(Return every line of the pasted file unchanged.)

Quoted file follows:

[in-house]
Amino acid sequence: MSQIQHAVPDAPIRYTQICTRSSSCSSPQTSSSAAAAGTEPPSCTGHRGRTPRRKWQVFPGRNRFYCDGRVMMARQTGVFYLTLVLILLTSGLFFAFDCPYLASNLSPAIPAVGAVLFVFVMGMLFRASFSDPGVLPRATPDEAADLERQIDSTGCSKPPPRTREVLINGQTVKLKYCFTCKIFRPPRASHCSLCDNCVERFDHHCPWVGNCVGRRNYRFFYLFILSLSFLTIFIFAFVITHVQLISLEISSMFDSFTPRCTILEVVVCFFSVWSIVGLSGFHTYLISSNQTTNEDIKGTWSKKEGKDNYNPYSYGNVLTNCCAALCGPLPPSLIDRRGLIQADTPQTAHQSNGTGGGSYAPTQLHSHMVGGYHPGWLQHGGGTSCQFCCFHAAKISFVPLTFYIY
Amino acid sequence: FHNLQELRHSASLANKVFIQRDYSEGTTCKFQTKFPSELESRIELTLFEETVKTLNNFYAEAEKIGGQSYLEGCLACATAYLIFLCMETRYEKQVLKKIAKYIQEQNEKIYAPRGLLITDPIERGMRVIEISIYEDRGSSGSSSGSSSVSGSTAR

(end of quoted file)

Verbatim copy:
[in-house]
Amino acid sequence: MSQIQHAVPDAPIRYTQICTRSSSCSSPQTSSSAAAAGTEPPSCTGHRGRTPRRKWQVFPGRNRFYCDGRVMMARQTGVFYLTLVLILLTSGLFFAFDCPYLASNLSPAIPAVGAVLFVFVMGMLFRASFSDPGVLPRATPDEAADLERQIDSTGCSKPPPRTREVLINGQTVKLKYCFTCKIFRPPRASHCSLCDNCVERFDHHCPWVGNCVGRRNYRFFYLFILSLSFLTIFIFAFVITHVQLISLEISSMFDSFTPRCTILEVVVCFFSVWSIVGLSGFHTYLISSNQTTNEDIKGTWSKKEGKDNYNPYSYGNVLTNCCAALCGPLPPSLIDRRGLIQADTPQTAHQSNGTGGGSYAPTQLHSHMVGGYHPGWLQHGGGTSCQFCCFHAAKISFVPLTFYIY
Amino acid sequence: FHNLQELRHSASLANKVFIQRDYSEGTTCKFQTKFPSELESRIELTLFEETVKTLNNFYAEAEKIGGQSYLEGCLACATAYLIFLCMETRYEKQVLKKIAKYIQEQNEKIYAPRGLLITDPIERGMRVIEISIYEDRGSSGSSSGSSSVSGSTAR